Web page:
Leni against Rody: stop with & # 39; glorify a dictator & # 39;

Vice President Leni Robredo speaks at the award ceremony of the Ramon Magsaysay Awards 2018 at the Cultural Center of the Philippines in Pasay City. APPLICANT PHOTO / RICHARD A. REYES

Work to unite the nation instead of "glorifying a dictator," said Vice President Leni Robredo on Friday in a message to President Rodrigo Duterte, in response to his comments that the country was better off with a dictator "like (Ferdinand ) Marcos "then with her at the helm.

"Instead of continuing to glorify a dictator who has stolen billions from our country, put the nation in debt and chaired the murder and imprisonment of thousands of Filipinos, he can work to unite of the nation and our people, especially those on the fringes, that their voices are heard and that their daily distress will quickly diminish, "Robredo said.

In a speech on Thursday, Mr Duterte again said that he wanted to stop before his term expired in 2022, but that he was reluctant to transfer power to Robredo, who was not his running mate.

"You're better off with a dictator in the will of Marcos, I suggested, you can have constitutional succession (with) Robredo, but they can not hack it," he said during the 49th Mandaue City Charter Day in Cebu.

Mr. Duterte said earlier that he wanted to be his successor, former Senator Ferdinand "Bongbong" Marcos Jr., the son of the deceased dictator who lost during the vice-presidential race in 2016. The younger Marcos had filed a protest against Robredo and accused her of fraud.

Presidential spokesman Harry Roque said the president's preference for Marcos is simply his & # 39; personal belief & # 39; used to be.

"With all due respect for the vice president, that's a personal assessment by the president," Roque said.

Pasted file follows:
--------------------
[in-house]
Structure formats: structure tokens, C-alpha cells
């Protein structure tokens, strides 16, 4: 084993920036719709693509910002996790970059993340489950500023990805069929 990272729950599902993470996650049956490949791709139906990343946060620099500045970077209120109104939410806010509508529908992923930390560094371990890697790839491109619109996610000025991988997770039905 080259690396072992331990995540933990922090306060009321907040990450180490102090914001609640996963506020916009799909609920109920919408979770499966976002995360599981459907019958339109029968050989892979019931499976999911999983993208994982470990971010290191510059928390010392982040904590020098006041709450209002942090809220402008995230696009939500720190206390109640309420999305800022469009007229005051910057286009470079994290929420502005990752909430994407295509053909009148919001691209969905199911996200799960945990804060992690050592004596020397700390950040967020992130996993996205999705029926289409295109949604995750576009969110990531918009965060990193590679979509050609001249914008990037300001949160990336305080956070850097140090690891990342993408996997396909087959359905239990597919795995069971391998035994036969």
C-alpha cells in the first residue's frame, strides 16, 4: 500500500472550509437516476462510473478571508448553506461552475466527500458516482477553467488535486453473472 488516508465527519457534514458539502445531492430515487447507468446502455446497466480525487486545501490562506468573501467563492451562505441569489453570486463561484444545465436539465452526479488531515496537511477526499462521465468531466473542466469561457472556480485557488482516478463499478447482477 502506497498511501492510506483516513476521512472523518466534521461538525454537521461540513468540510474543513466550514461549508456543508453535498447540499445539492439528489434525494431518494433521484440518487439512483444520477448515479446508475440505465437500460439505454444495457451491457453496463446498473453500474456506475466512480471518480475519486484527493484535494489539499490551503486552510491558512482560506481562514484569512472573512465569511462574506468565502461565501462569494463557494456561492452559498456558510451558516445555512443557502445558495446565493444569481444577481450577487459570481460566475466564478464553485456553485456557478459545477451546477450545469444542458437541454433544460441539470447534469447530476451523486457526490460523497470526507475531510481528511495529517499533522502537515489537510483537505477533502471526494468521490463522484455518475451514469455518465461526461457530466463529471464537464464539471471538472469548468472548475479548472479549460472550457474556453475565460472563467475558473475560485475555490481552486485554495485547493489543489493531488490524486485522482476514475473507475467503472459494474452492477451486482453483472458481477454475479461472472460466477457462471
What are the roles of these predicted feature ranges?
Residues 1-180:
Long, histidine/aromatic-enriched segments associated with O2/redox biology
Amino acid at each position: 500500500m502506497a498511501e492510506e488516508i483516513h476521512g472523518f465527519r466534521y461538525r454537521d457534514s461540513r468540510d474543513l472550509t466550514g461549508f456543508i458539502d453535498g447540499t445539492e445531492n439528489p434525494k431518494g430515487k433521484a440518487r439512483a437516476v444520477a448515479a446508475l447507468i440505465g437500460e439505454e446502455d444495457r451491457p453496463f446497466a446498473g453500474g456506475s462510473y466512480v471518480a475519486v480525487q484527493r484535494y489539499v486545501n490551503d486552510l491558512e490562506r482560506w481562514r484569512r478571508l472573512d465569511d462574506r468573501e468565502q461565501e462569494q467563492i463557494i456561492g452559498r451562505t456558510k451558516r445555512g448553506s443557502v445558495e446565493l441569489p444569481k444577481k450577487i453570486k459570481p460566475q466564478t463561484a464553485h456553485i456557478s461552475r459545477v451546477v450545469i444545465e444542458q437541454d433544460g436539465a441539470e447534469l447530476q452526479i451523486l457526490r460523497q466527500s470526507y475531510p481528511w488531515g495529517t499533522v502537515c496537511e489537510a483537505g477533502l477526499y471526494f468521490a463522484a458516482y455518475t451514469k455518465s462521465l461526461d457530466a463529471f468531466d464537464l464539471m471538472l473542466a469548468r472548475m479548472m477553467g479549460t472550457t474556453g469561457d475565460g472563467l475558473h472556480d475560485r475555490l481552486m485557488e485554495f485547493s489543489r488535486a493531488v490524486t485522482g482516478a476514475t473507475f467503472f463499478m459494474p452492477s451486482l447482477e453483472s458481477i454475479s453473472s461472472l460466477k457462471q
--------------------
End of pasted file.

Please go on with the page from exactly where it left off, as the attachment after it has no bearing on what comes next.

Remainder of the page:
Members of the opposition also closed Mr Duterte's remarks, with the former chairman of the Commission for Human Rights, Etta Rosales, who said that it was time for Filippino's to wake up and not to be fooled by measures taken by the government with a view to the establishment of a dictatorship.

"This is why he wants to get rid of the 1987 Charter, a governance framework that restored the democratic rule and principles of separation of powers, checks and balances, human rights and social justice from a dictatorship under Marcos," Rosales said.

Distracting public attention

Rosales, a survivor of martial law atrocities, said Duterte's words reflected the thinking of a "fascist leader who does not believe in democratic rule or in human rights."

She compared the president with Marcos who, she said, "ruled by the sword and did not hesitate to kill in order to enrich herself and remain in power."

For Senator Francis Pangilinan, the president's remarks were an attempt to divert the attention of the public from more important matters.

Like Robredo, Pangilinan said that the administration should concentrate on tackling urgent problems affecting our compatriots, such as the smuggling of illicit drugs, the import of formalin-contaminated fish and rice infected with weevils.

"Leni attacks is another attempt to divert public attention from the tons of missing smuggled & # 39; shabu & # 39; and missing NFA [National Food Authority] rice from the market, "Pangilinan said.

Senator Antonio Trillanes IV warned that the president "laid the foundation for an extra-constitutional takeover".

"He tries to influence military leadership by romanticizing an autocratic rule," said Trillanes. "But it just will not work, the army knows well and will never give in to it."

Trillanes said the president demonized Robredo because he was aware that "in any scenario where there is a constitutional transition of power, he and his followers would certainly be responsible for their actions."

Roque said that Mr Duterte's statements would not affect the electoral protest against Robredo, who was critical of the president's lethal war on drugs.

Electoral protest

"The Presidential Electoral Tribunal carries out the so-called revisions of the vote, so it is the ballot papers that will speak and not the judges individually," he said.

The outspoken admiration of Mr. Duterte for the much-vexed Marcos is controversial, with many Filipinos still tormented by his brutal rule of two decades that ended in his overthrow in a popular, army-backed revolt in 1986.

Over the years, the Marcos family has regained political power, with Marcos' widow Imelda now a congressman, his son and namesake a former senator, and daughter Imee a provincial governor, who is generally believed to be in 2019 for Senator is running.

President Duterte once had Marcos the brightest & # 39; Philippine president and publicly indicted his burial in Libingan ng mga Bayani in November 2016.-WITH REPORTS OF JULIE M. AURELIO, GARBRIEL PABICO LALU

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